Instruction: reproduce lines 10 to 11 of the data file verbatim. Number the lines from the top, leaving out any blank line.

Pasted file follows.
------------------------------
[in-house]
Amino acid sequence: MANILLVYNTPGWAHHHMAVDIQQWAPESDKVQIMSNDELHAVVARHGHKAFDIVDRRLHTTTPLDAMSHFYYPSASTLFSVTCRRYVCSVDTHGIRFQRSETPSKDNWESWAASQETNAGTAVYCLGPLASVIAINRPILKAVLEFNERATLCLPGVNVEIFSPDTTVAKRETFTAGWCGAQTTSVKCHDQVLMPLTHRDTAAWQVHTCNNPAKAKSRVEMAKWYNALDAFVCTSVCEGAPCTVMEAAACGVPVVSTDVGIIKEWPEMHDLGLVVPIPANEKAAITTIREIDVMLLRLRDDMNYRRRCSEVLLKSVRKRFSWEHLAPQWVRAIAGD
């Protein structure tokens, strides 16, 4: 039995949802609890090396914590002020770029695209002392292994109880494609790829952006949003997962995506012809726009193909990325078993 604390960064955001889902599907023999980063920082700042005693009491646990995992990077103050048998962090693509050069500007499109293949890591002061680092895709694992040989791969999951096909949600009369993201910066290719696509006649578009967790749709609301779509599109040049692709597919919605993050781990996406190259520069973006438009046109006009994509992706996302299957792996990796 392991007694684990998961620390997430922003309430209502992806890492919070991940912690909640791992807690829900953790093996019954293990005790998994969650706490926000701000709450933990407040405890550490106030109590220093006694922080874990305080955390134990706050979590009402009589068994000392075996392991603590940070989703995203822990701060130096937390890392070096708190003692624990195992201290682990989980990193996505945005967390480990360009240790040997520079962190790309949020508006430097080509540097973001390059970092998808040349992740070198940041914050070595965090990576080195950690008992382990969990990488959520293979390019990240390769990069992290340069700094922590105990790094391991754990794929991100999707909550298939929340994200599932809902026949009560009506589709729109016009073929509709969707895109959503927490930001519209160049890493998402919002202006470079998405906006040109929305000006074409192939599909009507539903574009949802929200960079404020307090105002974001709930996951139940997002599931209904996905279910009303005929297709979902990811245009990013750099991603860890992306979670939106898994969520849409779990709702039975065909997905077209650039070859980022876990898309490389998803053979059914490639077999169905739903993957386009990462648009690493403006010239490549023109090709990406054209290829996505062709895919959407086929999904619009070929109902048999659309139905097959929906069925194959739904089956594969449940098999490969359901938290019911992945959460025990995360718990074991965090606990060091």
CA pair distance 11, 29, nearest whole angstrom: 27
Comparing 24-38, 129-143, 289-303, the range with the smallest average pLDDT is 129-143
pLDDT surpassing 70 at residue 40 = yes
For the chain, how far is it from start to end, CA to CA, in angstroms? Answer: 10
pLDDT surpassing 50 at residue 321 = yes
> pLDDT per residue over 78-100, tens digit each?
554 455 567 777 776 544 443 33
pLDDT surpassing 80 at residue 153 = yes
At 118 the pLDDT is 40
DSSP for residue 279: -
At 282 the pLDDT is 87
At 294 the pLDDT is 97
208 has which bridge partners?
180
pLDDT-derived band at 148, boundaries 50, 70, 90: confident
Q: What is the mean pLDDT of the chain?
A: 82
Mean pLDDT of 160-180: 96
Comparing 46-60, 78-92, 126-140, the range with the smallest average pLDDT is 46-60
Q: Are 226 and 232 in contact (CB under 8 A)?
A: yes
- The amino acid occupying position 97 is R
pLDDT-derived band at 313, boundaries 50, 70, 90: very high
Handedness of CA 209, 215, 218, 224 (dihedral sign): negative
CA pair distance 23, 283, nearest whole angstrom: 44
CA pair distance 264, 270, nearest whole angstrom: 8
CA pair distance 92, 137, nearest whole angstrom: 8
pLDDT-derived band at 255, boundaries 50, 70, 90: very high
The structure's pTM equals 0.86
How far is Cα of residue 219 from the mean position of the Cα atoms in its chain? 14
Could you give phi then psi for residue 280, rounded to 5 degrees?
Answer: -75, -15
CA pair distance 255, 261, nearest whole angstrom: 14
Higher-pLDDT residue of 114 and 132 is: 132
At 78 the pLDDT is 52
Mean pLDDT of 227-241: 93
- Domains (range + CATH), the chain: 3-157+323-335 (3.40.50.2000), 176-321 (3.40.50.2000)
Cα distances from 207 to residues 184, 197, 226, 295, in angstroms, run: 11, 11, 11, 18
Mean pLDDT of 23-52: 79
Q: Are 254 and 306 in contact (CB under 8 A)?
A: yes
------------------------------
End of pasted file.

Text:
554 455 567 777 776 544 443 33
pLDDT surpassing 80 at residue 153 = yes